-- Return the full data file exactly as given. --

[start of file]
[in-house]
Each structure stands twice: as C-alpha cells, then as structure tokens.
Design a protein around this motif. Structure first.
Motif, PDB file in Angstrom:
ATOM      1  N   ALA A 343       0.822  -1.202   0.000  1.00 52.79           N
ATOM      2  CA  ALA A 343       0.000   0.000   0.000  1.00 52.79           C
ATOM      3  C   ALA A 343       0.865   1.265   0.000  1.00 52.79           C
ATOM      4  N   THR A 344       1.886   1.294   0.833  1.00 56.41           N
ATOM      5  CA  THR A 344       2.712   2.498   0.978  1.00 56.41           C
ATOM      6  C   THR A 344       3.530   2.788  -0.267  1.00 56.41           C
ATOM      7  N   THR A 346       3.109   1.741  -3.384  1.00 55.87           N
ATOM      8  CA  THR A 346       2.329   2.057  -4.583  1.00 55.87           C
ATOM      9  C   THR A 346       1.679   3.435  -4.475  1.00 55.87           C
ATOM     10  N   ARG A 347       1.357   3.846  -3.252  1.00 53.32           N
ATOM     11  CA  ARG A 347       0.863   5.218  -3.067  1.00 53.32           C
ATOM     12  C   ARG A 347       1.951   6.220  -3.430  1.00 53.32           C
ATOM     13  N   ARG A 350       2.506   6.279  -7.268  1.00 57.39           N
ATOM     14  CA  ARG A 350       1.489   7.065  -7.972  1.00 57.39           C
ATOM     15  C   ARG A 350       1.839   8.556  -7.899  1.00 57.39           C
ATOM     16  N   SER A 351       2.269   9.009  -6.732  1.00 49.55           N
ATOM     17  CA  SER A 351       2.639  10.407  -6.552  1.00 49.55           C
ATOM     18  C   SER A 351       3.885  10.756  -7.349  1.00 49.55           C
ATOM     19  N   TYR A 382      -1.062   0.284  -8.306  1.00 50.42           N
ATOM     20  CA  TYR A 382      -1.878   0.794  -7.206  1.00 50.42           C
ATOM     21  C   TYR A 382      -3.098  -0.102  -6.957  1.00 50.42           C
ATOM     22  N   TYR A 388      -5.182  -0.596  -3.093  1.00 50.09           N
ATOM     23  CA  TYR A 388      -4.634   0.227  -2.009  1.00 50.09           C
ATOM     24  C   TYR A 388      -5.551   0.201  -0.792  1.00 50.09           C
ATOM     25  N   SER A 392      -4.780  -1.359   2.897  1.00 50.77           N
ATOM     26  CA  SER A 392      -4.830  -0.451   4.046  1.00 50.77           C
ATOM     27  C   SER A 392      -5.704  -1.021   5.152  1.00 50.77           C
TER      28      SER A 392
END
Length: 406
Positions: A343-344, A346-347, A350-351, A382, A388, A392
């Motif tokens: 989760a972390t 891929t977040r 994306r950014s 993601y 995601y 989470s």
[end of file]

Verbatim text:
[in-house]
Each structure stands twice: as C-alpha cells, then as structure tokens.
Design a protein around this motif. Structure first.
Motif, PDB file in Angstrom:
ATOM      1  N   ALA A 343       0.822  -1.202   0.000  1.00 52.79           N
ATOM      2  CA  ALA A 343       0.000   0.000   0.000  1.00 52.79           C
ATOM      3  C   ALA A 343       0.865   1.265   0.000  1.00 52.79           C
ATOM      4  N   THR A 344       1.886   1.294   0.833  1.00 56.41           N
ATOM      5  CA  THR A 344       2.712   2.498   0.978  1.00 56.41           C
ATOM      6  C   THR A 344       3.530   2.788  -0.267  1.00 56.41           C
ATOM      7  N   THR A 346       3.109   1.741  -3.384  1.00 55.87           N
ATOM      8  CA  THR A 346       2.329   2.057  -4.583  1.00 55.87           C
ATOM      9  C   THR A 346       1.679   3.435  -4.475  1.00 55.87           C
ATOM     10  N   ARG A 347       1.357   3.846  -3.252  1.00 53.32           N
ATOM     11  CA  ARG A 347       0.863   5.218  -3.067  1.00 53.32           C
ATOM     12  C   ARG A 347       1.951   6.220  -3.430  1.00 53.32           C
ATOM     13  N   ARG A 350       2.506   6.279  -7.268  1.00 57.39           N
ATOM     14  CA  ARG A 350       1.489   7.065  -7.972  1.00 57.39           C
ATOM     15  C   ARG A 350       1.839   8.556  -7.899  1.00 57.39           C
ATOM     16  N   SER A 351       2.269   9.009  -6.732  1.00 49.55           N
ATOM     17  CA  SER A 351       2.639  10.407  -6.552  1.00 49.55           C
ATOM     18  C   SER A 351       3.885  10.756  -7.349  1.00 49.55           C
ATOM     19  N   TYR A 382      -1.062   0.284  -8.306  1.00 50.42           N
ATOM     20  CA  TYR A 382      -1.878   0.794  -7.206  1.00 50.42           C
ATOM     21  C   TYR A 382      -3.098  -0.102  -6.957  1.00 50.42           C
ATOM     22  N   TYR A 388      -5.182  -0.596  -3.093  1.00 50.09           N
ATOM     23  CA  TYR A 388      -4.634   0.227  -2.009  1.00 50.09           C
ATOM     24  C   TYR A 388      -5.551   0.201  -0.792  1.00 50.09           C
ATOM     25  N   SER A 392      -4.780  -1.359   2.897  1.00 50.77           N
ATOM     26  CA  SER A 392      -4.830  -0.451   4.046  1.00 50.77           C
ATOM     27  C   SER A 392      -5.704  -1.021   5.152  1.00 50.77           C
TER      28      SER A 392
END
Length: 406
Positions: A343-344, A346-347, A350-351, A382, A388, A392
């Motif tokens: 989760a972390t 891929t977040r 994306r950014s 993601y 995601y 989470s």